Just finished reading https://

a blog discussing

implementations of Lemire's very very efficient algorithm for selecting a

random number from a range

I'll let the author's description stand - they do a better job that I would

...

"""

Lemire’s algorithm is a solution to the problem “Give me a random number

between 0 and N, not including N itself”. For simulating a dice, N would be

6 and you’d get back either 0, 1, 2, 3, 4, or 5 with equal probability.

Computers like to start at zero. We can always add one to the result to get

the familiar results you’d get on a real dice. I’ve worked on random number

generators and written quite a few. In 20 years of doing that, I’d never

come across a solution as cool as Lemire’s.

Before Lemire, the best-known solutions to this problem required one or two

divisions per number generated. You probably learned long division when you

were quite young. You may remember that it can be get pretty tedious and

cumbersome. It’s the same for computers. Division is actually one of the

slowest things we can ask a computer to do. Lemire avoids division by

translating numbers into a much larger number “space” and using

binary-friendly powers-of-two operations instead. His technique almost

always avoids needing a division.

"""

The art of writing software that needs to be understood in the future is a

difficult one :-) and it gets especially difficult when the techniques

being used are focused on efficiency to the machine itself -- if you

haven't read the old Story of Mel (

http://

To go with that, there's the Unix kernel comment "You are not expected to

understand this" (which according to

https://

wasn't actually a claim to being obtuse)

Lemire's original post is here -

https://

-jim

**veryseriousblog.com**/posts/dissecting-lemire -a blog discussing

implementations of Lemire's very very efficient algorithm for selecting a

random number from a range

I'll let the author's description stand - they do a better job that I would

...

"""

Lemire’s algorithm is a solution to the problem “Give me a random number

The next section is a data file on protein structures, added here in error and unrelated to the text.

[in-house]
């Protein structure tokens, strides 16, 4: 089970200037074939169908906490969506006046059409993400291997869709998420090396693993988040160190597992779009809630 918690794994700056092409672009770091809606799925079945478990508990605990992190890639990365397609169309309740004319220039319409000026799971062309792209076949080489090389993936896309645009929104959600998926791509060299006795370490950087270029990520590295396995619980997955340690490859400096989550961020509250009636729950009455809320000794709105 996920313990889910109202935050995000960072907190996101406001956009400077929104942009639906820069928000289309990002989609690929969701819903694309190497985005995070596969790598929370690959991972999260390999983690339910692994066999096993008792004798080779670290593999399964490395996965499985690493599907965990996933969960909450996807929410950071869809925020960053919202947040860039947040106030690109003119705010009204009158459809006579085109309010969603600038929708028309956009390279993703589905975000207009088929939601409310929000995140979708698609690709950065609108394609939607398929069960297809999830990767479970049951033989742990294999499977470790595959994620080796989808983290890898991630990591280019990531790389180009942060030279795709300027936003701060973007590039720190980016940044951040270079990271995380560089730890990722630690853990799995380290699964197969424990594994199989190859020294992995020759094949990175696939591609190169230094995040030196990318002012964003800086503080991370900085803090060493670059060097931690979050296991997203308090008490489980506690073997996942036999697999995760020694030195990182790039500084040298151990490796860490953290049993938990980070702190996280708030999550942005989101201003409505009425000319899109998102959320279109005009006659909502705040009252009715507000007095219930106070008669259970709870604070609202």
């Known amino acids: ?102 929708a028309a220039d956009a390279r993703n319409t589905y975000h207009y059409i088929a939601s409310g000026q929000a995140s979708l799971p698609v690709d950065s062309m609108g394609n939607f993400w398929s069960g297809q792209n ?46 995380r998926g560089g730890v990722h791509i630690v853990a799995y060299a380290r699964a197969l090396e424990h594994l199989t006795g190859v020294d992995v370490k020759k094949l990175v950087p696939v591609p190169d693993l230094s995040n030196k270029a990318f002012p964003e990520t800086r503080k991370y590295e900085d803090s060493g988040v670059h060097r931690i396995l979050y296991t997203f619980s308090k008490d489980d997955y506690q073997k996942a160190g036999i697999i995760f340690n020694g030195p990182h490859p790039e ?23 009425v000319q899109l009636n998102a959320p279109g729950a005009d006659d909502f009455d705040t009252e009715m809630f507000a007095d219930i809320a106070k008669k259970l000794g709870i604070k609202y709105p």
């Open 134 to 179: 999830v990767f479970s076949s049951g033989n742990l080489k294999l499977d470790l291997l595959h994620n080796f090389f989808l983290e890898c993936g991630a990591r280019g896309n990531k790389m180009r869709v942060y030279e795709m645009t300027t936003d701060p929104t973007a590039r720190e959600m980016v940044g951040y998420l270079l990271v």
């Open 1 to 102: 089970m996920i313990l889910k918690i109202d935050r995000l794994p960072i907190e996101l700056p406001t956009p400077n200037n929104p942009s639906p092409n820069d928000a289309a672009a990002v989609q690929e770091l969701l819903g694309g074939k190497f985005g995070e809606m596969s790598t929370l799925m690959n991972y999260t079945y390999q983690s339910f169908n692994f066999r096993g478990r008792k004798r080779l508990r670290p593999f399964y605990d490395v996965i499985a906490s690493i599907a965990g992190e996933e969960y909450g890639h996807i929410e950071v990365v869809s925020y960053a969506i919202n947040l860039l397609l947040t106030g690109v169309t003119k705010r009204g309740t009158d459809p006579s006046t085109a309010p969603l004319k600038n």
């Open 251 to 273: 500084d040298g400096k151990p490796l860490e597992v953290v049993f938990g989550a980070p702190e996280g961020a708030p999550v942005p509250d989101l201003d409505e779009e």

between 0 and N, not including N itself”. For simulating a dice, N would be

6 and you’d get back either 0, 1, 2, 3, 4, or 5 with equal probability.

Computers like to start at zero. We can always add one to the result to get

the familiar results you’d get on a real dice. I’ve worked on random number

generators and written quite a few. In 20 years of doing that, I’d never

come across a solution as cool as Lemire’s.

Before Lemire, the best-known solutions to this problem required one or two

divisions per number generated. You probably learned long division when you

were quite young. You may remember that it can be get pretty tedious and

cumbersome. It’s the same for computers. Division is actually one of the

slowest things we can ask a computer to do. Lemire avoids division by

translating numbers into a much larger number “space” and using

binary-friendly powers-of-two operations instead. His technique almost

always avoids needing a division.

"""

The art of writing software that needs to be understood in the future is a

difficult one :-) and it gets especially difficult when the techniques

being used are focused on efficiency to the machine itself -- if you

haven't read the old Story of Mel (

http://

**www.catb.org**/jargon/html/story-of-mel.html) you probably should!To go with that, there's the Unix kernel comment "You are not expected to

understand this" (which according to

https://

**en.wikipedia.org**/wiki/Lions%27_Commentary_on_UNIX_6th_Edition,_with_Source_Code#%22You_are_not_expected_to_understand_this%22wasn't actually a claim to being obtuse)

Lemire's original post is here -

https://

**lemire**.me/blog/2019/06/06/nearly-divisionless-random-integer-generation-on-various-systems/-jim